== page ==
OTTAWA (AFP) - Canada said on Tuesday (Nov 21) it is ready to deal with an influx of asylum seekers after Washington announced it would soon end protections granted to Haitians following a deadly 2010 earthquake.
"We've been planning for every conceivable scenario," Public Safety Minister Ralph Goodale said.
Some 59,000 Haitian immigrants in the United States will lose their Temporary Protected Status (TPS) in 18 months, the US announced on Monday, opening the door for their potential repatriation to their desperately poor home country.
The US government has also ended a TPS programme for 5,300 Nicaraguan immigrants, effective January 2019, while tens of thousands of Hondurans had their stay extended until July.
A decision on the status of some 200,000 people from El Salvador, who are believed to be the largest group of TPS recipients by nationality, is expected in January.
The United States had welcomed nationals from these Latin American countries, which were hit hard by Hurricane Mitch in 1998.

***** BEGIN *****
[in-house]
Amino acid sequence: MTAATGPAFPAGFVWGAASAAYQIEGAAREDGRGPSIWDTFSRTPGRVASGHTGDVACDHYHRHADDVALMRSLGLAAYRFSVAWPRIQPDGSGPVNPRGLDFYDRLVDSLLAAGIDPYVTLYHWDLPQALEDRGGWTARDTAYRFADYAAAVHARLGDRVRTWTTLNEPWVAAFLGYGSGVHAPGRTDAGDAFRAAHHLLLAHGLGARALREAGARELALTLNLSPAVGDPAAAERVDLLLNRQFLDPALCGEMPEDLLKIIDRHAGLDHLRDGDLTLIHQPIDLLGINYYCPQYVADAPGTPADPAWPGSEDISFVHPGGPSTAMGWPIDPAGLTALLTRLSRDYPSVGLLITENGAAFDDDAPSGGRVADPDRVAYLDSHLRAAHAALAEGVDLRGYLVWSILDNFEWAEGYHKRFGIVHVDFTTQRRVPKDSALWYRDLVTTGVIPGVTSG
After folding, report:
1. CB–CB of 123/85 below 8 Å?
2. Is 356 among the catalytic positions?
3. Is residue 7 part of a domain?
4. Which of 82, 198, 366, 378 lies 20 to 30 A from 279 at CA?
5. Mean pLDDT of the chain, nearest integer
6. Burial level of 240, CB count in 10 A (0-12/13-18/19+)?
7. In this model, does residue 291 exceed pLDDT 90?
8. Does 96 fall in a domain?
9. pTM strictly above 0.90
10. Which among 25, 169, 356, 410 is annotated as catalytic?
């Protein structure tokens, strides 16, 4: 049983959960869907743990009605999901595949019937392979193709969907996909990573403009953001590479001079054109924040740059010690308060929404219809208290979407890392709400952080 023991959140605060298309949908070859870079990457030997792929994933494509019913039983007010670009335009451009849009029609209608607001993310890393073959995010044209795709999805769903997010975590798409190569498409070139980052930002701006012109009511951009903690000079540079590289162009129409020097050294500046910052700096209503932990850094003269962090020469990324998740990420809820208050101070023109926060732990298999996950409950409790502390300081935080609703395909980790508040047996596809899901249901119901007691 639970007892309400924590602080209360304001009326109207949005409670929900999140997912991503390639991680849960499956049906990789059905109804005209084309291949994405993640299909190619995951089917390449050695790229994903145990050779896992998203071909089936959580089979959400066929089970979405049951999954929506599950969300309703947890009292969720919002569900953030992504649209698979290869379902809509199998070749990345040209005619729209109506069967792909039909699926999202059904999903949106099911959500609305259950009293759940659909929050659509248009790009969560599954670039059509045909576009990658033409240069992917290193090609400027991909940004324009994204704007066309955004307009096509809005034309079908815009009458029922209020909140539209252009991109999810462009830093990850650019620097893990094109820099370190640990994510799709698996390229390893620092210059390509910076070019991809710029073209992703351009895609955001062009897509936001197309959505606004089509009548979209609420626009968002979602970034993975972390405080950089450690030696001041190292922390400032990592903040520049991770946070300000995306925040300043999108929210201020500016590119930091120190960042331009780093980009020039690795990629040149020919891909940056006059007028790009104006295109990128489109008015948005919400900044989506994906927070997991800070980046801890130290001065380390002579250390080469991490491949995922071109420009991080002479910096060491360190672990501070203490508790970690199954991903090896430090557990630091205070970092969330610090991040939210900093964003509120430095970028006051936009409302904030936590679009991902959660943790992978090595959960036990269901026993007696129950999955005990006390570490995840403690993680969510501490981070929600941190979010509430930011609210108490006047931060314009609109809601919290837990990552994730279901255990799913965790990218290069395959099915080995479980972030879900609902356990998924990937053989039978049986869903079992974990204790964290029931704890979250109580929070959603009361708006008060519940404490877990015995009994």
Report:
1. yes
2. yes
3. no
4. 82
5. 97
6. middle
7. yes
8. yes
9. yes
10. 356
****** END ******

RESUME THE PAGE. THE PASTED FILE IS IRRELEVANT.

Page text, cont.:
"The Americans had indicated to us in various conversations... that they would try very hard to give us advance notice (about decisions to end TPS)," Goodale told reporters.
"And it would appear that they are taking a gradual approach."
"We've had contingency planning underway now for some time, working also with provinces and municipalities to make sure that we can do two things: number one, enforce all Canadian laws; and number two, meet all Canadian obligations under international conventions."
Over the summer a flood of asylum seekers, mostly Haitian nationals, avoided checkpoints and walked across the border from the United States into Canada.
Since the start of the year, their numbers swelled to nearly 17,000, according to immigration ministry figures.